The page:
Dispute resolution in a post coronavirus and Brexit world – should you be considering arbitration?

Published on
5 min read

With light at the end of the tunnel of the pandemic and Brexit now having been implemented, is now the time that parties should consider whether arbitration provides them with an alternative to traditional court litigation?

The way we conduct business and live our lives will no doubt be altered for years to come as a result of the pandemic. There have already been a large number of disputes arising from the crisis across all sectors which were unfortunately unavoidable. 

Further, whilst the number of press inches dedicated to Brexit has significantly reduced in recent months, Brexit is a matter which businesses are continuing to grapple with on a day to day basis. 

Accordingly, many businesses that do not usually adopt arbitration clauses in their commercial agreements have been considering whether they should use arbitration as an alternative to court litigation

What benefits could arbitration provide over court litigation in a post Covid-19 and Brexit world?

Many will be familiar with arbitration. But put simply, arbitration is a private form of dispute resolution. It allows parties to refer their dispute to an independent neutral tribunal to resolve. 

Arbitration is a creature of contract. All parties must agree in writing to refer their dispute to arbitration (whether at the outset of entering into a contract or at a later date). 

Whilst some seek to argue that arbitration has certain limitations, most will admit that it provides many benefits which court procedures cannot offer. There are three benefits that may be of particular interest to the business community in a post Covid-19 and Brexit world.

Speed, flexibility and use of technology

Arbitration is a party led process which provides the parties with the flexibility to agree at the outset how their dispute should proceed. For example, parties are free to decide whether any dispute between them should be subject of expedited proceedings. Some arbitration institutional rules already provide that claims of certain values will be subject to expedited procedures (eg the ICC Rules provide that disputes under USD 3m arising out of contracts entered into after 1 January 2021 should be resolved within 6 months of the first case management conference unless the parties agree otherwise). Parties can even agree that their disputes be resolved in a paper only format (ie the parties file submissions and supporting evidence together on paper for the tribunal to adjudicate on without a hearing).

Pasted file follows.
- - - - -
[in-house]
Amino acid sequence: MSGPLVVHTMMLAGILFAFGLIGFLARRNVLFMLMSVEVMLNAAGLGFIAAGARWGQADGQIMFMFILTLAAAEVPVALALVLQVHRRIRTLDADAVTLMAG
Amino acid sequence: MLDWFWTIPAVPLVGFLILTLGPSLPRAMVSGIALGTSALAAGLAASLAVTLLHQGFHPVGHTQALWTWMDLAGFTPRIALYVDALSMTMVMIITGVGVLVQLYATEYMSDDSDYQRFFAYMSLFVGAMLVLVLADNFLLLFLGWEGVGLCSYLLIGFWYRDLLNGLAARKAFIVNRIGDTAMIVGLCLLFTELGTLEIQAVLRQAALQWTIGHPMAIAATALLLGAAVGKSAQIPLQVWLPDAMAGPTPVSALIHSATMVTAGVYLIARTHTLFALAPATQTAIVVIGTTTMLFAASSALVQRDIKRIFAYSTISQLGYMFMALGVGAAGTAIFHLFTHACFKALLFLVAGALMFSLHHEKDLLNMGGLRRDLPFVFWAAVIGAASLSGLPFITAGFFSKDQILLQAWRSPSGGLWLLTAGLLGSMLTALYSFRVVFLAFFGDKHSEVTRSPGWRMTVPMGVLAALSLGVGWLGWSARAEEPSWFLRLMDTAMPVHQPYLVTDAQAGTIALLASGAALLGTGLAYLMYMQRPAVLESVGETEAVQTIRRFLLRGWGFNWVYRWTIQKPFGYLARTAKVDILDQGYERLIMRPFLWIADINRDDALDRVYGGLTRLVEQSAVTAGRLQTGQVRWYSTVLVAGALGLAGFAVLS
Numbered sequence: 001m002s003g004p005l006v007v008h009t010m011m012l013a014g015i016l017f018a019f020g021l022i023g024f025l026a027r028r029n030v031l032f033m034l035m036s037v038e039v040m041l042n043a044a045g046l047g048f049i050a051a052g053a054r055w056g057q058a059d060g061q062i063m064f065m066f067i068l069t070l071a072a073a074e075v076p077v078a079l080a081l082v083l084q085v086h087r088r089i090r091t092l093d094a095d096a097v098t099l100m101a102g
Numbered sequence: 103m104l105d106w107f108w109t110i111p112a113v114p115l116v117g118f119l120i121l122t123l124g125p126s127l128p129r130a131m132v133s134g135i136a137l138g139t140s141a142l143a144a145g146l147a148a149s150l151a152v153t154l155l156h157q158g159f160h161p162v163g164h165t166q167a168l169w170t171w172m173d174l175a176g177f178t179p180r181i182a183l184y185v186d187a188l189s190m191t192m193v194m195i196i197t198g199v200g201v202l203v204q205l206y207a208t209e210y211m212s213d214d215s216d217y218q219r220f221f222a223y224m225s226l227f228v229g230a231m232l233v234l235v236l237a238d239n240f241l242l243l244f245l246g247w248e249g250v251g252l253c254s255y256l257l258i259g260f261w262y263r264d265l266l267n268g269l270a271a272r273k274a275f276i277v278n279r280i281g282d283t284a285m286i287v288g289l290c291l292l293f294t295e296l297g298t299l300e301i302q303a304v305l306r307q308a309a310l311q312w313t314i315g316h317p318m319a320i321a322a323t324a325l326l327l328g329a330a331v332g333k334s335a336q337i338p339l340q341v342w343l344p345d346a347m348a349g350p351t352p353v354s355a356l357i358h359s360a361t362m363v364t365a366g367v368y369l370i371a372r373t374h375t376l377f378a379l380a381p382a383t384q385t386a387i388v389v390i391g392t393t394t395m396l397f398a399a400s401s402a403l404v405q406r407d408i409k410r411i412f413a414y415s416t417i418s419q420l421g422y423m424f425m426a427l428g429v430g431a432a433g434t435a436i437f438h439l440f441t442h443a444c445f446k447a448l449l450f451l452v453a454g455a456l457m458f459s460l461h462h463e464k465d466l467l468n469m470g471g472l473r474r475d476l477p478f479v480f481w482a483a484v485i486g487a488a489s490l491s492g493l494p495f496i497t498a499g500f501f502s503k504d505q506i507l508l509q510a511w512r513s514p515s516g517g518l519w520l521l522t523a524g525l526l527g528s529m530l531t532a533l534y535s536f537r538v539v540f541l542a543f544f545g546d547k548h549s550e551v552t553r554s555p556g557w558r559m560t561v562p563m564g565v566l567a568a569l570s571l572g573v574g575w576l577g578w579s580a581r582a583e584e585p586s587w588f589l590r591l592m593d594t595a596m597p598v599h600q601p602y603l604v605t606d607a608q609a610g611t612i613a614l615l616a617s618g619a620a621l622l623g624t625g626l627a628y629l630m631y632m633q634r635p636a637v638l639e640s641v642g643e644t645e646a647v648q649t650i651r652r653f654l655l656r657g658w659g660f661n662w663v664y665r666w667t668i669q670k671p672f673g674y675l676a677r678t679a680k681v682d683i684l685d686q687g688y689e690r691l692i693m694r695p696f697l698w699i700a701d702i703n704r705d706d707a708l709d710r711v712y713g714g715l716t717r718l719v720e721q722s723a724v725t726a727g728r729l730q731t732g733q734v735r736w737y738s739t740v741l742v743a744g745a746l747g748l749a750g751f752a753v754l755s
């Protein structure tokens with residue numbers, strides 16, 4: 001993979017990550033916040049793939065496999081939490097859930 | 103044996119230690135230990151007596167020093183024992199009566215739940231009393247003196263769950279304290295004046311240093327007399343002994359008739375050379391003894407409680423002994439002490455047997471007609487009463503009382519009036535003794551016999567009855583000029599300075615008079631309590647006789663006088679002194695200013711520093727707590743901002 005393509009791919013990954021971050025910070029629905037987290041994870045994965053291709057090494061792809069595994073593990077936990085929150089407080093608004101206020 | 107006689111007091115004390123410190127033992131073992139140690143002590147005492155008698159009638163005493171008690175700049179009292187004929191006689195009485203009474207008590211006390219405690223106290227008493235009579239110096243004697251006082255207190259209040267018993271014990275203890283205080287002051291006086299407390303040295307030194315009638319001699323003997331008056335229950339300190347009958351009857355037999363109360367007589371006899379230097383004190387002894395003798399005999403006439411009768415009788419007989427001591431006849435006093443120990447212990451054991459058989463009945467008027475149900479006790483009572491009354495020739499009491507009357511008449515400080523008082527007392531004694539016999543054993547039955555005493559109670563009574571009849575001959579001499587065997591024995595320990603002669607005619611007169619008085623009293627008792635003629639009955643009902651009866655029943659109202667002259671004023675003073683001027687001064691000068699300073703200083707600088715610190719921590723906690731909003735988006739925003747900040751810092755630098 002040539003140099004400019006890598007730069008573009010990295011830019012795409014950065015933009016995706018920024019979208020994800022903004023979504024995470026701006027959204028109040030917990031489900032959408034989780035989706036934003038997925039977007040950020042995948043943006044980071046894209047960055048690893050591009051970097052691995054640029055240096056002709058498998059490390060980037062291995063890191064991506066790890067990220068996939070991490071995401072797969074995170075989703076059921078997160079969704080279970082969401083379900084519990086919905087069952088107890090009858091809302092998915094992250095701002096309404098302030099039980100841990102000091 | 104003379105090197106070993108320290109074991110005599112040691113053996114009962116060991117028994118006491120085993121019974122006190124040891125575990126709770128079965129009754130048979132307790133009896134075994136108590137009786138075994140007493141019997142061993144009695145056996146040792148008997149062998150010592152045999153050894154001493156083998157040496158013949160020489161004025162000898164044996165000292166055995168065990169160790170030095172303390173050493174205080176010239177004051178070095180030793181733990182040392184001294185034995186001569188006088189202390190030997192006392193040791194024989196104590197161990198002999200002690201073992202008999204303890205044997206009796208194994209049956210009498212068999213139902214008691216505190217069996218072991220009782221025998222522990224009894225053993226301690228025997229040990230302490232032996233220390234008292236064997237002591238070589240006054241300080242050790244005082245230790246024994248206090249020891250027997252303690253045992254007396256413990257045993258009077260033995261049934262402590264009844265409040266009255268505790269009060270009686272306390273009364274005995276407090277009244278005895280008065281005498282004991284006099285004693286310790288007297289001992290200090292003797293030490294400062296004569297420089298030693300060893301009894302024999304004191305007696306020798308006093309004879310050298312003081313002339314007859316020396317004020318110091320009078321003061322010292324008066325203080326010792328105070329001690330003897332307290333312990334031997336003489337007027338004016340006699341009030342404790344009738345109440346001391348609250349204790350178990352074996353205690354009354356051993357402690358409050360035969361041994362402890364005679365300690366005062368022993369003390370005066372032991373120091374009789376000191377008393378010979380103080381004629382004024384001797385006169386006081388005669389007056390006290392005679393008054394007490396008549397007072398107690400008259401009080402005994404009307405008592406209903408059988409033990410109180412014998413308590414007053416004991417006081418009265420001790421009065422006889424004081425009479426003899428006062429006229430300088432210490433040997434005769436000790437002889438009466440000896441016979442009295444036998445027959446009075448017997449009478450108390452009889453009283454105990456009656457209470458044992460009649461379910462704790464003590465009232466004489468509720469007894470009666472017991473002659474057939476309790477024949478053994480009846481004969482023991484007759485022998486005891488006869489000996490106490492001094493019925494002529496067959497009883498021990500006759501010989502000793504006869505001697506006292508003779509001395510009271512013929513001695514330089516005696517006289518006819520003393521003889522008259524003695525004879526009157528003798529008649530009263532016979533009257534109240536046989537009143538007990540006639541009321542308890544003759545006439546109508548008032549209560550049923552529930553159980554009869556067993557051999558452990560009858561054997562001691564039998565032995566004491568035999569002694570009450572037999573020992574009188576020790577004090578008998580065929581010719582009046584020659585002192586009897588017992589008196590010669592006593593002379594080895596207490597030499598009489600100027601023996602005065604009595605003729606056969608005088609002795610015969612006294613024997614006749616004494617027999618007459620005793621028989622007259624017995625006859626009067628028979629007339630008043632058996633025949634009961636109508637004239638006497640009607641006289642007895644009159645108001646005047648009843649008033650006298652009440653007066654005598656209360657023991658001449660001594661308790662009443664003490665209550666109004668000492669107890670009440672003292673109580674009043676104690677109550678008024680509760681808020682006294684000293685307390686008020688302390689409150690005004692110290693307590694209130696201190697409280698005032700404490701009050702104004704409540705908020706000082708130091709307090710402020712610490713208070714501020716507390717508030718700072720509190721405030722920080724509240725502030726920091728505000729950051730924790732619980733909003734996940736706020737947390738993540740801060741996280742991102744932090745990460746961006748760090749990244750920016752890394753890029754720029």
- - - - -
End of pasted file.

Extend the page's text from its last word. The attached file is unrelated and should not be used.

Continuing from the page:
Arbitration has always been at the forefront of employing cutting edge technology to make the procedure more efficient and cost effective.  For years it has not been uncommon for arbitration hearings to be conducted by video conferencing software where the law of the seat allows.  That ensures that the cost, time and environmental impact of people having to travel to hearings can be limited and also helps minimise delays of when everyone can convene for a hearing. 

Statistics from a survey conducted by Queen Mary University in 2018 found that 66% of arbitration users they surveyed had seen an increase in virtual hearing rooms being used during the arbitrations.  ICSID meanwhile reported that about 60% of the 200 hearings and sessions it organised in 2019 were conducted by video conference.

Following the crisis, many arbitral centres have been quick to adopt technology which allows for video hearings to be conducted effectively and efficiently.  By way of example, the International Arbitration Centre in London provides a service that allows for hearings to be conducted by secure video-link which provides for private breakout rooms for parties and tribunals respectively.  It also provides a decluttered screen focussed only on the tribunal, advocates and witnesses.